Remembering John Lewis

By Nectar Gan, Brett McKeehan, Amy Woodyatt, Veronica Rocha, Alaa Elassar and Amir Vera, CNN

Updated 8:25 PM ET, Sat July 18, 2020
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1:47 a.m. ET, July 18, 2020

Nancy Pelosi: Lewis was "one of the greatest heroes of American history"   

John Lewis is joined by Nancy Pelosi and US Reps. Jim Clyburn and Joe Crowley as Democrats sing a song outside the US Capitol in June 2016.
John Lewis is joined by Nancy Pelosi and US Reps. Jim Clyburn and Joe Crowley as Democrats sing a song outside the US Capitol in June 2016. Andrew Harrer/Bloomberg/Getty Images

House Speaker Nancy Pelosi has called John Lewis "one of the greatest heroes of American history" and "the conscience of the Congress" in a statement mourning his passing.

“John Lewis was a titan of the civil rights movement whose goodness, faith and bravery transformed our nation – from the determination with which he met discrimination at lunch counters and on Freedom Rides, to the courage he showed as a young man facing down violence and death on Edmund Pettus Bridge, to the moral leadership he brought to the Congress for more than 30 years," she wrote. 

“In the Congress, John Lewis was revered and beloved on both sides of the aisle and both sides of the Capitol. All of us were humbled to call Congressman Lewis a colleague, and are heartbroken by his passing. May his memory be an inspiration that moves us all to, in the face of injustice, make ‘good trouble, necessary trouble.'"

1:31 a.m. ET, July 18, 2020

Fast facts about John Lewis

Civil rights activist and Rep. John Lewis, D-Ga. is introduced before speaking at the unveiling of a U.S. Postal Service stamp commemorating the 50th anniversary of the March on Washington, on Aug. 23, 2013, at the Newseum in Washington.
Civil rights activist and Rep. John Lewis, D-Ga. is introduced before speaking at the unveiling of a U.S. Postal Service stamp commemorating the 50th anniversary of the March on Washington, on Aug. 23, 2013, at the Newseum in Washington. Charles Dharapak/AP

Here's a look at the life of US Rep. John Lewis (D-Ga.), a civil rights leader.

Personal

Birth date: February 21, 1940

Birth place: Troy, Alabama

Birth name: John Robert Lewis

Father: Eddie Lewis, sharecropper

Mother: Willie Mae (Carter) Lewis

Marriage: Lillian Miles Lewis (December 21, 1968-December 31, 2012, her death)

Children: John Miles

Education: American Baptist Theological Seminary, B.A., 1961; Fisk University, B.A., 1967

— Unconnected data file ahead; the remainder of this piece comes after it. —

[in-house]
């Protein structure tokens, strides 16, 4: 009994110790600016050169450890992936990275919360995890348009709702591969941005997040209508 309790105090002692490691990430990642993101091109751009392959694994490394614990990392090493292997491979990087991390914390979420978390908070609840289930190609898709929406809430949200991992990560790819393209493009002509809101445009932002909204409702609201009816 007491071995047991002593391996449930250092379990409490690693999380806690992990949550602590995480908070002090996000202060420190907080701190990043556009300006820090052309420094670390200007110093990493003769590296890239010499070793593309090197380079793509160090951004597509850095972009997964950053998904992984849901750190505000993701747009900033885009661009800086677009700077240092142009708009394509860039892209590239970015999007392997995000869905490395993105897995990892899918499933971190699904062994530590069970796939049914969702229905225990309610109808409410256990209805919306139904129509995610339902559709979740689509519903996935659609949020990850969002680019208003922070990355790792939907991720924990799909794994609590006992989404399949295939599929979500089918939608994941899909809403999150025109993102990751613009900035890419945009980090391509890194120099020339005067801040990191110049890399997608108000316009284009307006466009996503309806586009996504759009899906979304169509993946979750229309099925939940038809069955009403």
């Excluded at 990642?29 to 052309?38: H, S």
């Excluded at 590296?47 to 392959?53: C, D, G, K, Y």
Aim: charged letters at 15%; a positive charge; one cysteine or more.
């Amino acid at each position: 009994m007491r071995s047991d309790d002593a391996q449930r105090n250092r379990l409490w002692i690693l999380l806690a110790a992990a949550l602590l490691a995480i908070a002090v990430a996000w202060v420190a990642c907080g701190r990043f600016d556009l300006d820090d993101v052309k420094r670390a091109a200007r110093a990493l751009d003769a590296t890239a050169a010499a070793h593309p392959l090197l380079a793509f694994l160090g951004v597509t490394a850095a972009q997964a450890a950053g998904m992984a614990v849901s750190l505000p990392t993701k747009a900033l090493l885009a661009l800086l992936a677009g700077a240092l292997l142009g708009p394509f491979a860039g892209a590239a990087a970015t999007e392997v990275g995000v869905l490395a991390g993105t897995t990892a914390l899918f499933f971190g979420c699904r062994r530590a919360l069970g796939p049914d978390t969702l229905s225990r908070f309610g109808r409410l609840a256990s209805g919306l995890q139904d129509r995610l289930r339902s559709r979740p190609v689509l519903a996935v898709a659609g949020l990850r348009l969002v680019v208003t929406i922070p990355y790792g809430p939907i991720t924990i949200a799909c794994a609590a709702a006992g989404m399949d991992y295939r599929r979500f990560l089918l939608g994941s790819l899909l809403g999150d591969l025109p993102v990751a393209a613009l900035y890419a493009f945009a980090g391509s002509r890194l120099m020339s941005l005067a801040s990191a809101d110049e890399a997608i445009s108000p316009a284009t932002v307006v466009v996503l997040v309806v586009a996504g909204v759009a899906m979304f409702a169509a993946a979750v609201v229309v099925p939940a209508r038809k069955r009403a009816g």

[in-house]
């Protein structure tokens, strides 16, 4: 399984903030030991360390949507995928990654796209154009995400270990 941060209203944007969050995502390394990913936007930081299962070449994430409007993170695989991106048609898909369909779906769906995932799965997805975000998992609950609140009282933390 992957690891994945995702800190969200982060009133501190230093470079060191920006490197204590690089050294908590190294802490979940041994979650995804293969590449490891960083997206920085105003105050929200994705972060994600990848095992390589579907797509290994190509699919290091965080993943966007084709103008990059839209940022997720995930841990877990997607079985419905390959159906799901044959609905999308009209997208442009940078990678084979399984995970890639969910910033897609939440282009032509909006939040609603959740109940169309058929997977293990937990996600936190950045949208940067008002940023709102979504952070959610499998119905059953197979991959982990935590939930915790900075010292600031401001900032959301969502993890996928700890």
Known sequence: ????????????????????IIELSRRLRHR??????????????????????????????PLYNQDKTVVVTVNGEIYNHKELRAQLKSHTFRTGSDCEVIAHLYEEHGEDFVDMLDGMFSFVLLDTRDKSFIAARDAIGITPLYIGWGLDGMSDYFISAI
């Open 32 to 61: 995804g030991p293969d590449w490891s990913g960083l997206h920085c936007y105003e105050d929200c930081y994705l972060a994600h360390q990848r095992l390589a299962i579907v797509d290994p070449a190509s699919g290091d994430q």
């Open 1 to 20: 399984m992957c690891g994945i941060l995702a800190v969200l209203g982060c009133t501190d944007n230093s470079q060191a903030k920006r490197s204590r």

Religion: Baptist

Others

Lewis' skull was fractured in 1965 during an attempted voting rights march from Selma, Alabama, to Montgomery, Alabama.

By his own count, Lewis was arrested more than 40 times during his days of civil rights activis.

Timeline

1959-1960: Organizes student sit-in demonstrations in the Nashville area.

May 1961: Volunteers as a Freedom Rider, challenging bus and rail segregation laws. 

1963-1966: Chairman of the Student Nonviolent Coordinating Committee. 

August 28, 1963: Keynote speaker at the March on Washington.

March 7, 1965: Helps organize a voting rights march from Selma to Montgomery and is among 600 demonstrators attacked by police. This day becomes known as Bloody Sunday.

March 21-25, 1965: Joins over 3,000 demonstrators marching from Selma to Montgomery, this time under the protection of federal troops. The size of the group reaches 25,000 by the time they reach Montgomery.

1966: Co-founds the Southern Coordinating Committee to End the War in Vietnam.

1966-1967: Associate director of the Field Foundation.

1967-1970: Community organization director for the Southern Regional Council.

1970-1977: Director of the Voter Education Project.

1977-1980: Associate director of ACTION, a federal volunteer agency. Appointed by President Jimmy Carter.

1982-1986: Atlanta city council member.

1987-2020: Serves in the US House of Representatives for Georgia's 5th District.

1988: Lewis' memoir, "Walking with the Wind: A Memoir of the Movement," is published.

March 7, 2004: The John R. Lewis Monument is unveiled in Selma, Alabama, at the foot of the Edmund Pettus Bridge to commemorate the events of Bloody Sunday.

April 27, 2009: Arrested outside the Embassy of Sudan, where he is protesting the obstruction of aid to refugees in Darfur.

February 15, 2011: President Barack Obama awards Lewis the Presidential Medal of Freedom.

August 2013: Top Shelf Productions publishes "March: Book One." The graphic novel is the first of a planned trilogy, written by Lewis and Andrew Aydin, and illustrated by Nate Powell.

January 2015: Top Shelf Productions publishes "March: Book Two."

June 22, 2016: Lewis leads a sit-in on the House floor to protest inaction on gun control and try to push a vote preventing people on the terrorist watch list from buying guns. The demonstration draws 170 lawmakers. After about 25 hours, Democrats decide to end the sit-in, but vow to continue when Congress returns for their next session.

August 2016: Top Shelf Productions publishes "March: Book Three."

January 13, 2017: In an interview with NBC News, Lewis says he does not view President-elect Donald Trump as a legitimate president due to evidence of Russian meddling during the run-up to the election. He says he will not attend the inauguration -- the second time he's boycotted an inauguration in protest. In 2001, he declined to attend the inauguration of George W. Bush, who won a close election after the Supreme Court halted a recount in Florida. Bush won the Electoral College even though Vice President Al Gore topped him in the popular vote.